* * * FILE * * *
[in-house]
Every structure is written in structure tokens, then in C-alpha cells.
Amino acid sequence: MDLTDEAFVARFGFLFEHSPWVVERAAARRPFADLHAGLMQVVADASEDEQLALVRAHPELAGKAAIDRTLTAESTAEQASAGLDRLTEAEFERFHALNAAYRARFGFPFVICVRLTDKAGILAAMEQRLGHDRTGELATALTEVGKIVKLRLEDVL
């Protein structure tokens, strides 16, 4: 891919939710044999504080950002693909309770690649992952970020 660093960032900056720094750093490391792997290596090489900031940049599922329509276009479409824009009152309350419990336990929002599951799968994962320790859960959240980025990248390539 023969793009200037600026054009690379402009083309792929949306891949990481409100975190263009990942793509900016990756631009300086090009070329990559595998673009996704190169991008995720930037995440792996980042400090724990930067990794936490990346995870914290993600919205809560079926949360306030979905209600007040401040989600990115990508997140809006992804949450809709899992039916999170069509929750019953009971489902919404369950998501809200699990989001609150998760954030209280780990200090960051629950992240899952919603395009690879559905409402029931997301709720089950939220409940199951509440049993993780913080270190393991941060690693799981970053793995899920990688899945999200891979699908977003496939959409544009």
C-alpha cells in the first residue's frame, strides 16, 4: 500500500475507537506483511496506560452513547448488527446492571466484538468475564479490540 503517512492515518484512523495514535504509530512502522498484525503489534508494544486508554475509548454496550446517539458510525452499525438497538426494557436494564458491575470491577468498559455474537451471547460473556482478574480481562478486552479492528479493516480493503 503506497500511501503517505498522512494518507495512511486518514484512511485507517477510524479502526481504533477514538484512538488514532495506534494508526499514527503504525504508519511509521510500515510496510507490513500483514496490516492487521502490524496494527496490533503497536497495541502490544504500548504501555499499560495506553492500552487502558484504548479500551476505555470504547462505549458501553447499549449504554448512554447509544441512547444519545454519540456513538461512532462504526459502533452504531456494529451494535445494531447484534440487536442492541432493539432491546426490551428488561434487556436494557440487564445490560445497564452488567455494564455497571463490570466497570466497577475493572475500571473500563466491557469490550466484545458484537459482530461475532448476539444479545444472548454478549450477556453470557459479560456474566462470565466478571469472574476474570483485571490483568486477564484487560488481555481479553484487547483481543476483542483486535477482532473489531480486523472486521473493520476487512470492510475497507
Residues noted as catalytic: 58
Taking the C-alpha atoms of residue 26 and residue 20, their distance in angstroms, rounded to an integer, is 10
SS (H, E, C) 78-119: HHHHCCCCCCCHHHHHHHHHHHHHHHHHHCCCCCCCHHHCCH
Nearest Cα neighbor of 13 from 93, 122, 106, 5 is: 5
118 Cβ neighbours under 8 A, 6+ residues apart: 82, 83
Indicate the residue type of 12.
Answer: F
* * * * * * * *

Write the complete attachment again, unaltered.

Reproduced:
[in-house]
Every structure is written in structure tokens, then in C-alpha cells.
Amino acid sequence: MDLTDEAFVARFGFLFEHSPWVVERAAARRPFADLHAGLMQVVADASEDEQLALVRAHPELAGKAAIDRTLTAESTAEQASAGLDRLTEAEFERFHALNAAYRARFGFPFVICVRLTDKAGILAAMEQRLGHDRTGELATALTEVGKIVKLRLEDVL
């Protein structure tokens, strides 16, 4: 891919939710044999504080950002693909309770690649992952970020 660093960032900056720094750093490391792997290596090489900031940049599922329509276009479409824009009152309350419990336990929002599951799968994962320790859960959240980025990248390539 023969793009200037600026054009690379402009083309792929949306891949990481409100975190263009990942793509900016990756631009300086090009070329990559595998673009996704190169991008995720930037995440792996980042400090724990930067990794936490990346995870914290993600919205809560079926949360306030979905209600007040401040989600990115990508997140809006992804949450809709899992039916999170069509929750019953009971489902919404369950998501809200699990989001609150998760954030209280780990200090960051629950992240899952919603395009690879559905409402029931997301709720089950939220409940199951509440049993993780913080270190393991941060690693799981970053793995899920990688899945999200891979699908977003496939959409544009």
C-alpha cells in the first residue's frame, strides 16, 4: 500500500475507537506483511496506560452513547448488527446492571466484538468475564479490540 503517512492515518484512523495514535504509530512502522498484525503489534508494544486508554475509548454496550446517539458510525452499525438497538426494557436494564458491575470491577468498559455474537451471547460473556482478574480481562478486552479492528479493516480493503 503506497500511501503517505498522512494518507495512511486518514484512511485507517477510524479502526481504533477514538484512538488514532495506534494508526499514527503504525504508519511509521510500515510496510507490513500483514496490516492487521502490524496494527496490533503497536497495541502490544504500548504501555499499560495506553492500552487502558484504548479500551476505555470504547462505549458501553447499549449504554448512554447509544441512547444519545454519540456513538461512532462504526459502533452504531456494529451494535445494531447484534440487536442492541432493539432491546426490551428488561434487556436494557440487564445490560445497564452488567455494564455497571463490570466497570466497577475493572475500571473500563466491557469490550466484545458484537459482530461475532448476539444479545444472548454478549450477556453470557459479560456474566462470565466478571469472574476474570483485571490483568486477564484487560488481555481479553484487547483481543476483542483486535477482532473489531480486523472486521473493520476487512470492510475497507
Residues noted as catalytic: 58
Taking the C-alpha atoms of residue 26 and residue 20, their distance in angstroms, rounded to an integer, is 10
SS (H, E, C) 78-119: HHHHCCCCCCCHHHHHHHHHHHHHHHHHHCCCCCCCHHHCCH
Nearest Cα neighbor of 13 from 93, 122, 106, 5 is: 5
118 Cβ neighbours under 8 A, 6+ residues apart: 82, 83
Indicate the residue type of 12.
Answer: F